Friday, February 02, 2018

Robert Spencer, Jihad Watch: "Islamic Republic of Mauritania failing to tackle pervasive slavery"

https://www.jihadwatch.org/about-robert

ROBERT SPENCER is the director of Jihad Watch, a program of the David Horowitz Freedom Center, and the author of seventeen books, including the New York Times bestsellers The Politically Incorrect Guide to Islam (and the Crusades) and The Truth About Muhammad. His latest book is The Complete Infidel’s Guide to Free Speech (and Its Enemies). Coming in November 2017 is Confessions of an Islamophobe (Bombardier Books).

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https://www.jihadwatch.org/2018/02/islamic-republic-of-mauritania-failing-to-tackle-pervasive-slavery

Islamic Republic of Mauritania failing to tackle pervasive slavery


Where is the international outcry? Would caring for the slaves suffering today in Mauritania be “Islamophobic”? We constantly hear in the West that Islam forbids slavery, but reality is otherwise.
The Qur’an has Allah telling Muhammad that he has given him girls as sex slaves: “Prophet, We have made lawful to you the wives to whom you have granted dowries and the slave girls whom God has given you as booty.” (Qur’an 33:50)
Muhammad bought slaves: “Jabir (Allah be pleased with him) reported: There came a slave and pledged allegiance to Allah’s Apostle (may peace be upon him) on migration; he (the Holy Prophet) did not know that he was a slave. Then there came his master and demanded him back, whereupon Allah’s Apostle (may peace be upon him) said: Sell him to me. And he bought him for two black slaves, and he did not afterwards take allegiance from anyone until he had asked him whether he was a slave (or a free man).” (Muslim 3901)
Muhammad took female Infidel captives as slaves: “Narrated Anas: The Prophet offered the Fajr Prayer near Khaibar when it was still dark and then said, ‘Allahu-Akbar! Khaibar is destroyed, for whenever we approach a (hostile) nation (to fight), then evil will be the morning for those who have been warned.’ Then the inhabitants of Khaibar came out running on the roads. The Prophet had their warriors killed, their offspring and woman taken as captives. Safiya was amongst the captives. She first came in the share of Dahya Alkali but later on she belonged to the Prophet. The Prophet made her manumission as her ‘Mahr.’” (Bukhari 5.59.512) Mahr is bride price: Muhammad freed her and married her. But he didn’t do this to all his slaves:
Muhammad owned slaves: “Narrated Anas bin Malik: Allah’s Apostle was on a journey and he had a black slave called Anjasha, and he was driving the camels (very fast, and there were women riding on those camels). Allah’s Apostle said, ‘Waihaka (May Allah be merciful to you), O Anjasha! Drive slowly (the camels) with the glass vessels (women)!’” (Bukhari 8.73.182) There is no mention of Muhammad’s freeing Anjasha.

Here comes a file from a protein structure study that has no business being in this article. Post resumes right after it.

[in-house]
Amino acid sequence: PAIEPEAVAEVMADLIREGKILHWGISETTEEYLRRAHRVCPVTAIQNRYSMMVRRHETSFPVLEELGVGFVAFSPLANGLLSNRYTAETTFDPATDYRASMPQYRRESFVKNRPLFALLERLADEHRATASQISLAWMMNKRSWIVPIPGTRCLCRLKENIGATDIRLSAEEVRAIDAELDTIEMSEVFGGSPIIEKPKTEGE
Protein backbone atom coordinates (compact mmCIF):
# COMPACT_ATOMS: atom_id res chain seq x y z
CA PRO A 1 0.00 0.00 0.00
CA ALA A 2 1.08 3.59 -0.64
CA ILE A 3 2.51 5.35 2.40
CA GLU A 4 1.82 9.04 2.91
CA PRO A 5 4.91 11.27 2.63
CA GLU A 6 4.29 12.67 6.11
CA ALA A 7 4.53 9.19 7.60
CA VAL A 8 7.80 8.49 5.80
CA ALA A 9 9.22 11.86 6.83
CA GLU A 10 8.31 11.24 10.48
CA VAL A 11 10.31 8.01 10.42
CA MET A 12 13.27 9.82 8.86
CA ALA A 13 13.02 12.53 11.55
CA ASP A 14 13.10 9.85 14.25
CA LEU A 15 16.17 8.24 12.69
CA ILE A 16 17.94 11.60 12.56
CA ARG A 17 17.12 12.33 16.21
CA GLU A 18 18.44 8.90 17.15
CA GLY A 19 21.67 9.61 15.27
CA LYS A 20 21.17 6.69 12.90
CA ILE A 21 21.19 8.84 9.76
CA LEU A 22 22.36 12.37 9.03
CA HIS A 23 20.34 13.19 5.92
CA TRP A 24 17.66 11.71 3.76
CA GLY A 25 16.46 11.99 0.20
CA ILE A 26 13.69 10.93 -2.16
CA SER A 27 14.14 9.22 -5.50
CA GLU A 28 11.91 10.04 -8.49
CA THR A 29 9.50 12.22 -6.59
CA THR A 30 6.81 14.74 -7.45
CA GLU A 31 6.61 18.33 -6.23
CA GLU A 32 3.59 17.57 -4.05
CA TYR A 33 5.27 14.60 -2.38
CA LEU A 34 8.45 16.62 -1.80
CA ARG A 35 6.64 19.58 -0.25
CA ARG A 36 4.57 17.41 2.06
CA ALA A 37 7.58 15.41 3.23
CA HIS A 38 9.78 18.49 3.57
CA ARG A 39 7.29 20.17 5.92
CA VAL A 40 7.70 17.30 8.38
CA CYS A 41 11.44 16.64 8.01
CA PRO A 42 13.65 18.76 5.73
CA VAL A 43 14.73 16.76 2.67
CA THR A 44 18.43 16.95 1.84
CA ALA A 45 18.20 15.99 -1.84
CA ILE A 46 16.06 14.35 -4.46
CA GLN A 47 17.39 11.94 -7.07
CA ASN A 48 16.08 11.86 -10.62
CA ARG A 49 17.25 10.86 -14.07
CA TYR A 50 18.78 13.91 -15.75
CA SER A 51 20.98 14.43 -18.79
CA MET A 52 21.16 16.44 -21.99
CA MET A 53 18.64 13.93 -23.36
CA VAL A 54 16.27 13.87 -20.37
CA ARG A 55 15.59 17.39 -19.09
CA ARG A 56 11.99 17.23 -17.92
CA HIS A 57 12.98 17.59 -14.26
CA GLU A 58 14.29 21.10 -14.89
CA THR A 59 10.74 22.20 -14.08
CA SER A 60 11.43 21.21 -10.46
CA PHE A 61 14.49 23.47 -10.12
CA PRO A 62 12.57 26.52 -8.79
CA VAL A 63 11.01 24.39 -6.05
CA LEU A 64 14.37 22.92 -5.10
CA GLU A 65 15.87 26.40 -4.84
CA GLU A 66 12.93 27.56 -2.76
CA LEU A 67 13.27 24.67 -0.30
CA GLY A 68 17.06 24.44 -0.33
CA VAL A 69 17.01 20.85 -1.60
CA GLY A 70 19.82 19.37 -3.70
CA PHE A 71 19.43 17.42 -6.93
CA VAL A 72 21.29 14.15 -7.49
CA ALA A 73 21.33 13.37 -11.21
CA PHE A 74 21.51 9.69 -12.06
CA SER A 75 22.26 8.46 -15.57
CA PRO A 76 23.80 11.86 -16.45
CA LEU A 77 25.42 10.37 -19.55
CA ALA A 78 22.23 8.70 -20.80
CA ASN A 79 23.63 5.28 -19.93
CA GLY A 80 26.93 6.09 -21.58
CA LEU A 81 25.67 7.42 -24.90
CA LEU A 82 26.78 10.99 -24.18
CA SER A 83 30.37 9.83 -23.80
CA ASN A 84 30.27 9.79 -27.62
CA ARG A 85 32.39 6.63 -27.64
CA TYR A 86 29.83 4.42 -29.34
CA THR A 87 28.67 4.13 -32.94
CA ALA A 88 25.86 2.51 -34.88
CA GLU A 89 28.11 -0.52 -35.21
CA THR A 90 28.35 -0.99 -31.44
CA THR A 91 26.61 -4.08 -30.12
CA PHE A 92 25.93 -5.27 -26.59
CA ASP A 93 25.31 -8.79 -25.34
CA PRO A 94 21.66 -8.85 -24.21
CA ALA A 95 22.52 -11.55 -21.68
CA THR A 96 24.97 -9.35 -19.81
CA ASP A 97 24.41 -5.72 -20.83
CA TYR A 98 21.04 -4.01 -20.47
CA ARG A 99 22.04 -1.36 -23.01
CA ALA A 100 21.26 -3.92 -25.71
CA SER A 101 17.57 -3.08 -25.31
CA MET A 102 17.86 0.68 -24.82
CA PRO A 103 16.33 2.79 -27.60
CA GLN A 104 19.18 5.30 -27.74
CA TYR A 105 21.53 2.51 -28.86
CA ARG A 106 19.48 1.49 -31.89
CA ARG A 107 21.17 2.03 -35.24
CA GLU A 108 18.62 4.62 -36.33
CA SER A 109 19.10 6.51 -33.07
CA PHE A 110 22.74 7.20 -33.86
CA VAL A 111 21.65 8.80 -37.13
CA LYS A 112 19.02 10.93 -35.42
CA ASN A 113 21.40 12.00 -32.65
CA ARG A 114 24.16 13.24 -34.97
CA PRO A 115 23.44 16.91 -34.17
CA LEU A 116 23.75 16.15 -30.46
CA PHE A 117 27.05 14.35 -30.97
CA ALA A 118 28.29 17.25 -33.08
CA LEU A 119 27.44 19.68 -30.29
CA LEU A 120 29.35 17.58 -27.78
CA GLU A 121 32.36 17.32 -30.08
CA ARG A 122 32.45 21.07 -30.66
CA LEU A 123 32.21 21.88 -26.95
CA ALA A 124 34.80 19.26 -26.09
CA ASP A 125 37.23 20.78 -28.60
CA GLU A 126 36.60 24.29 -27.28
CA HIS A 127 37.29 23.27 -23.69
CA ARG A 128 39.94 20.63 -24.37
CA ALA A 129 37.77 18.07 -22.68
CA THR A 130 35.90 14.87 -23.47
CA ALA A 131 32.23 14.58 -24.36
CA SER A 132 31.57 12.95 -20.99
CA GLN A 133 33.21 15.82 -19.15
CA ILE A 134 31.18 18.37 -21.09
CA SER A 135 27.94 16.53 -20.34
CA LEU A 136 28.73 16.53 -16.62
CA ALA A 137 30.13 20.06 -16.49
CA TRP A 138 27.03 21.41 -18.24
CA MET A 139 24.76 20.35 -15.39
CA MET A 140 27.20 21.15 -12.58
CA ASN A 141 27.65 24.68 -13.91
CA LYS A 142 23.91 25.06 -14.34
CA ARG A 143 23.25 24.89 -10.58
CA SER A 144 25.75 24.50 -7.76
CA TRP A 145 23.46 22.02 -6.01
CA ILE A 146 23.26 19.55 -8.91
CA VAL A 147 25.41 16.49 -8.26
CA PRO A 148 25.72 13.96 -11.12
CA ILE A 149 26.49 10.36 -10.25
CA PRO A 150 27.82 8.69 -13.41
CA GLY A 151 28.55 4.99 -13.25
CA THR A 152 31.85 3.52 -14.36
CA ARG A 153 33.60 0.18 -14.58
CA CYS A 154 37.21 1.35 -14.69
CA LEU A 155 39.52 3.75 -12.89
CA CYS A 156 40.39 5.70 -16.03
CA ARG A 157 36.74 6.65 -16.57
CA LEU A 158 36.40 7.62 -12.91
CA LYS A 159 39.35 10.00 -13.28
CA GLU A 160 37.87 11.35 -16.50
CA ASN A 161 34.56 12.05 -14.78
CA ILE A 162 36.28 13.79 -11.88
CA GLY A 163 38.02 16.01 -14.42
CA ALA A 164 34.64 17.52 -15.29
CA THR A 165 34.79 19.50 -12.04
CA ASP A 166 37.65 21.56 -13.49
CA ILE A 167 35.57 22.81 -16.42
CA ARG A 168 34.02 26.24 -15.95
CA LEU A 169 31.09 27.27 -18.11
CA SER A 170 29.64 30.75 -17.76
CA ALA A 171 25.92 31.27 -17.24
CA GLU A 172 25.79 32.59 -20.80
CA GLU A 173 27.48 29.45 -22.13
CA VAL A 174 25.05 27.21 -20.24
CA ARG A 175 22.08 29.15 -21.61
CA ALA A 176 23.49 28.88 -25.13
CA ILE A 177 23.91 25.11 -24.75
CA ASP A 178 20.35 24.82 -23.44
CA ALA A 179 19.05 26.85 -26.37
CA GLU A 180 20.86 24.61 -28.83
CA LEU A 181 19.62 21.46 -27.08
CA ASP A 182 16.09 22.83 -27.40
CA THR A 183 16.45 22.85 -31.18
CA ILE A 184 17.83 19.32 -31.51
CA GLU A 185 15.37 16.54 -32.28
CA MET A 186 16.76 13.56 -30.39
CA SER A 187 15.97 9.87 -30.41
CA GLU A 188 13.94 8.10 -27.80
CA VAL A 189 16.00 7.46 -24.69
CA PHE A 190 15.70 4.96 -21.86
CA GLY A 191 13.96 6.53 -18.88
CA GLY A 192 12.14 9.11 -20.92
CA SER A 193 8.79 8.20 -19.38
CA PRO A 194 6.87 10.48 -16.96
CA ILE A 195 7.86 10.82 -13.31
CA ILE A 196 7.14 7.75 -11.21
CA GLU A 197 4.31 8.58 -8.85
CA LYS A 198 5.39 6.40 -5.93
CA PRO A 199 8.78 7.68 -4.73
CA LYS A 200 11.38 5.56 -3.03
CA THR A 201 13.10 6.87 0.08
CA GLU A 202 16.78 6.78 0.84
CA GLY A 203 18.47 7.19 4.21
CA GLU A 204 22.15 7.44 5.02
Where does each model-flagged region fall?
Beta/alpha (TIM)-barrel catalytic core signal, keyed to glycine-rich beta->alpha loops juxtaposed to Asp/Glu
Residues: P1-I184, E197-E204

“Mauritania failing to tackle pervasive slavery, says African Union,” by Annie Kelly and Kate Hodal, Guardian, January 29, 2018:
The African Union has reprimanded Mauritania for failing to take action against widespread slavery within its borders and ordered the government to give financial compensation to two child slaves who were failed by its legal system.
The landmark ruling is the first time the AU has spoken out against the pervasive practice of hereditary slavery in Mauritania, which activists believe affects many thousands of people.
Despite passing slavery laws in 2007, and amending them in 2015, Mauritania has only prosecuted two cases of slavery. In 2011, after sustained regional and international pressure, the Mauritanian courts sentenced Ahmed Ould El Hassine to two years in jail and to pay 1.35m Mauritanian ouguiya (£2,700) to two brothers, Said and Yarg Ould Salem, who had been kept in slavery since birth.
After lawyers representing the brothers appealed to the African Committee of Experts on the Rights and Welfare of the Child (ACERWC), an AU body that was set up to protect child welfare across the region, the committee criticised the leniency of the sentence and said the Mauritanian government was creating a culture of impunity, allowing slavery to continue unfettered across the region.
Under Mauritanian law the minimum sentence for slavery crimes is five years. The convicted slave master is yet to be jailed, pending appeal, and according to anti-slavery campaigners other members of his family are yet to face prosecution.
In the ruling, the committee found the state to be in violation of its obligations to protect children’s rights under the African Children’s Charter, a legal framework that was set up to protect African children from discrimination, child labour and harmful cultural practices….